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Home » Archive » 2016

TDK conference 2016

Detection of Actinobacillus pleuropneumoniae with molecular biological methods and on selective media from tonsils of wild boars
Pál Zsófia - year 5
University of Veterinary Medicine, Department of Microbiology and Infectious Diseases
Supervisor: Dr. Rita Sárközi

Abstract:

Actinobacillus pleuropneumoniae is known over the world as the etiologic agent of porcine pleuropneumonia. This bacterial pathogen affects only swine and induces acute hemorrhagic-necrotic pneumonia and fibrinous pleuritis with consecutive death, particularly in the terminal phase of fattening. The chronic or subclinical appearance of the disease is also responsible for significant economic losses. In its subclinical presence the A. pleuropneumoniae colonizes the pharyngeal tonsils of carrier individuals without any clinical signs of infection and may be unnoticed.

The ApxIV toxin out of the four different toxins produced by the A. pleuropneumoniae is specific, therefore the apxIV toxin gene is present only in this bacterium. The polymerase chain reaction (PCR) molecular biological method based on the detection of apxIV toxin gene is a reliable indicator of herd infection with this pathogen. Isolation on selective media is also a valuable diagnostic technique then evaluation of the biochemical features, antibiotic resistance and serotyping the strains is possible.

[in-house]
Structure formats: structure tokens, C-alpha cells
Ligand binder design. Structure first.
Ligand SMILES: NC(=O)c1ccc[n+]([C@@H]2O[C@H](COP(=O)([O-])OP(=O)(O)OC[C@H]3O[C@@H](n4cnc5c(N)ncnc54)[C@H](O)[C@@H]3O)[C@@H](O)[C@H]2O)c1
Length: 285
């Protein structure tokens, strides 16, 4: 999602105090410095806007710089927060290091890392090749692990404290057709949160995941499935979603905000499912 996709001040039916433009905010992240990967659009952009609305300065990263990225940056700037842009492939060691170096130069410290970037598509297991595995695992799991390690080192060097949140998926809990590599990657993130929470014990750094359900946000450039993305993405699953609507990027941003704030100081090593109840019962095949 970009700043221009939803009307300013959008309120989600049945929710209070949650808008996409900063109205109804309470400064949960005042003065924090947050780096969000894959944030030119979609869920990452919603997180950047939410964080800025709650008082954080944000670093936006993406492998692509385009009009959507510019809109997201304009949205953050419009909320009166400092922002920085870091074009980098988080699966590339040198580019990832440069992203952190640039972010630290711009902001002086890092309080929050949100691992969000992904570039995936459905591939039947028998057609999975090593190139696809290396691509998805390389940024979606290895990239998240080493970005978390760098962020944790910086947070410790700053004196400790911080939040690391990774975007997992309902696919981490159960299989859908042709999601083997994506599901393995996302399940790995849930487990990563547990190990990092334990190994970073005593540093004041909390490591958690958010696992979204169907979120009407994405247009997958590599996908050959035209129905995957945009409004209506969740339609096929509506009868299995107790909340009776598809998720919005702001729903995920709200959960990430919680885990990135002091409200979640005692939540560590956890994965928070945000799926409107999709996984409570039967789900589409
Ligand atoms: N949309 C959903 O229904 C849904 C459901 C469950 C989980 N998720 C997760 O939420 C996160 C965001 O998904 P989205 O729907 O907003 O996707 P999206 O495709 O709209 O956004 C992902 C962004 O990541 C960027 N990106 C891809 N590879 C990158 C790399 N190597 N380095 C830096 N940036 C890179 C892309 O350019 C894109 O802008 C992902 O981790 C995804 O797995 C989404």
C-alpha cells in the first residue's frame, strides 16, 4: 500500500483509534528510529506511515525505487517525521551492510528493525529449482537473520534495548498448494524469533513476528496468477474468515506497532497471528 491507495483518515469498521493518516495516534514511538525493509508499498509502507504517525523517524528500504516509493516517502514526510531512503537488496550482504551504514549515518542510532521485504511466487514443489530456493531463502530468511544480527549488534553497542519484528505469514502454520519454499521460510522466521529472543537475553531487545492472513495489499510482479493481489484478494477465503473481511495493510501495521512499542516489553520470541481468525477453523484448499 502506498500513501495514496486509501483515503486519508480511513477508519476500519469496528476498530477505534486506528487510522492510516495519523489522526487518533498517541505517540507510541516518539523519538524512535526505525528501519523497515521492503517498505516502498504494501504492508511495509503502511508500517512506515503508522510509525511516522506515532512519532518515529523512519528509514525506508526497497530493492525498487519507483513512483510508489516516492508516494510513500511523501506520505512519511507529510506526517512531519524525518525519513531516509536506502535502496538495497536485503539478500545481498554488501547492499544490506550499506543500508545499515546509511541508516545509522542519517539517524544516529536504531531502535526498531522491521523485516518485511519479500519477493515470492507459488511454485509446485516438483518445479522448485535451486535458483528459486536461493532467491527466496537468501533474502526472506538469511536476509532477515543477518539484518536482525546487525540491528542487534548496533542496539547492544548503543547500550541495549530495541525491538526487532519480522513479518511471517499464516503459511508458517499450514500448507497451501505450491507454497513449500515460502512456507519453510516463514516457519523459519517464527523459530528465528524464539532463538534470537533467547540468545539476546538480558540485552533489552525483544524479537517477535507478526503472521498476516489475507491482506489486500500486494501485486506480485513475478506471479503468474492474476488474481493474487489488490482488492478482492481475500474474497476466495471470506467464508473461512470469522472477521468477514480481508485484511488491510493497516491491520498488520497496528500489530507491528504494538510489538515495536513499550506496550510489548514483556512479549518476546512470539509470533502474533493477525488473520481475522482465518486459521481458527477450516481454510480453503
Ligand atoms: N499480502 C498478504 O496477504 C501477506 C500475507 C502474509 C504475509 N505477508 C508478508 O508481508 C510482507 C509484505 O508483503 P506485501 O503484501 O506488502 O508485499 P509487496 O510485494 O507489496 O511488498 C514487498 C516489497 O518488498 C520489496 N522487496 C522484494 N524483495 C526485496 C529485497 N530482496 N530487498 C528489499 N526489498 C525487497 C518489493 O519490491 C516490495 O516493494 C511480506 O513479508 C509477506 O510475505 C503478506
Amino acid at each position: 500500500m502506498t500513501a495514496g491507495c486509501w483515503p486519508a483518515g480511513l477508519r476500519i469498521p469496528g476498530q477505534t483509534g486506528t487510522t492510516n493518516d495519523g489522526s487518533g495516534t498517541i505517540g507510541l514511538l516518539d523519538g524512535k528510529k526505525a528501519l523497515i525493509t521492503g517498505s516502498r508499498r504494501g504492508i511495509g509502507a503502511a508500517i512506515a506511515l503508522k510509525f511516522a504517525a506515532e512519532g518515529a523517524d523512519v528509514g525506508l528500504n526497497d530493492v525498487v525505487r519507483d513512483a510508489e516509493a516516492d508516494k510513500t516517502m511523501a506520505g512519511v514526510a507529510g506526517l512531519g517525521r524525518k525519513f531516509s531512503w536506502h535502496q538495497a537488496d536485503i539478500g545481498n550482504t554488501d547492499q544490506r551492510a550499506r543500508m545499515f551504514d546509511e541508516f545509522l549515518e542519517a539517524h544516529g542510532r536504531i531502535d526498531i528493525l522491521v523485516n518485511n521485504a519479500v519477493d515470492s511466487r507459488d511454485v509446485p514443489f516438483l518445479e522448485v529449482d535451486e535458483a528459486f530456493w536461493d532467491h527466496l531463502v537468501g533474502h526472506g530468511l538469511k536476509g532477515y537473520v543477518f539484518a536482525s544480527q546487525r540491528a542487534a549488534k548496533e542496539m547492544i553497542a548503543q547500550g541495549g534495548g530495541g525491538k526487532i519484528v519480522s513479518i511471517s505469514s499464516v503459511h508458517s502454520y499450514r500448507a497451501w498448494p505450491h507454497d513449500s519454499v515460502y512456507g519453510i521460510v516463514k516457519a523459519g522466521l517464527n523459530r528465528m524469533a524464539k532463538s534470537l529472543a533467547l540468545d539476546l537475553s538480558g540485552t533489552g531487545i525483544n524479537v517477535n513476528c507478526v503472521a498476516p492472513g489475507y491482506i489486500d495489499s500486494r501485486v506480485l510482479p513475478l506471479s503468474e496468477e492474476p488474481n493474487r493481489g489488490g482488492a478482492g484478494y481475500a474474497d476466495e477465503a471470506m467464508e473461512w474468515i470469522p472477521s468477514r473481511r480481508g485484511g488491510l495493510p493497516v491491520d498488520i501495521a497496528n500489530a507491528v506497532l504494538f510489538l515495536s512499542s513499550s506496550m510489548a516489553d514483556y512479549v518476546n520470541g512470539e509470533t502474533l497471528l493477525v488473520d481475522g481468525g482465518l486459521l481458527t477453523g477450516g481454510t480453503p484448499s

The Actinobacillus pleuropneumoniae has no human health risks, it infects only swine. The wild boar (Sus scrofa) is also susceptive to the disease and occurs as its potential reservoir, though no clinical signs of A. pleuropneumoniae infection in this species have been reported yet. In our study out of the 68 tonsils from feral swine tested with PCR for the presence of A. pleuropneumoniae, 10 samples appeared to be positive. This result shows that the native feral swine population in Hungary is infected with Actinobacillus pleuropneumoniae, as previously has been already reported in Germany, Slovenia, Greece and Canada.

During our research we focused on the development of a new, practicable selective medium and used an other selective medium which was described earlier. Furthermore, we managed to grow and isolate a NAD-dependent A. pleuropneumoniae strain originating from feral swine on a selective medium described in a study and identified it as serotype 12 using indirect hemagglutination test. We determined the minimum inhibitory concentrations of 15 antibiotics in case of this individual strain. It proved to be susceptible to ampicillin, amoxicillin/clavulanate, amoxicillin, enrofloxacin, tiamulin, doxycycline, chloramphenicol and florphenicol. The isolate shows intermediate resistance to oxytetracycline, resistance to penicillin, gentamicin, spectinomycin, cefoperazone, tulathromycin and tilmicosin.



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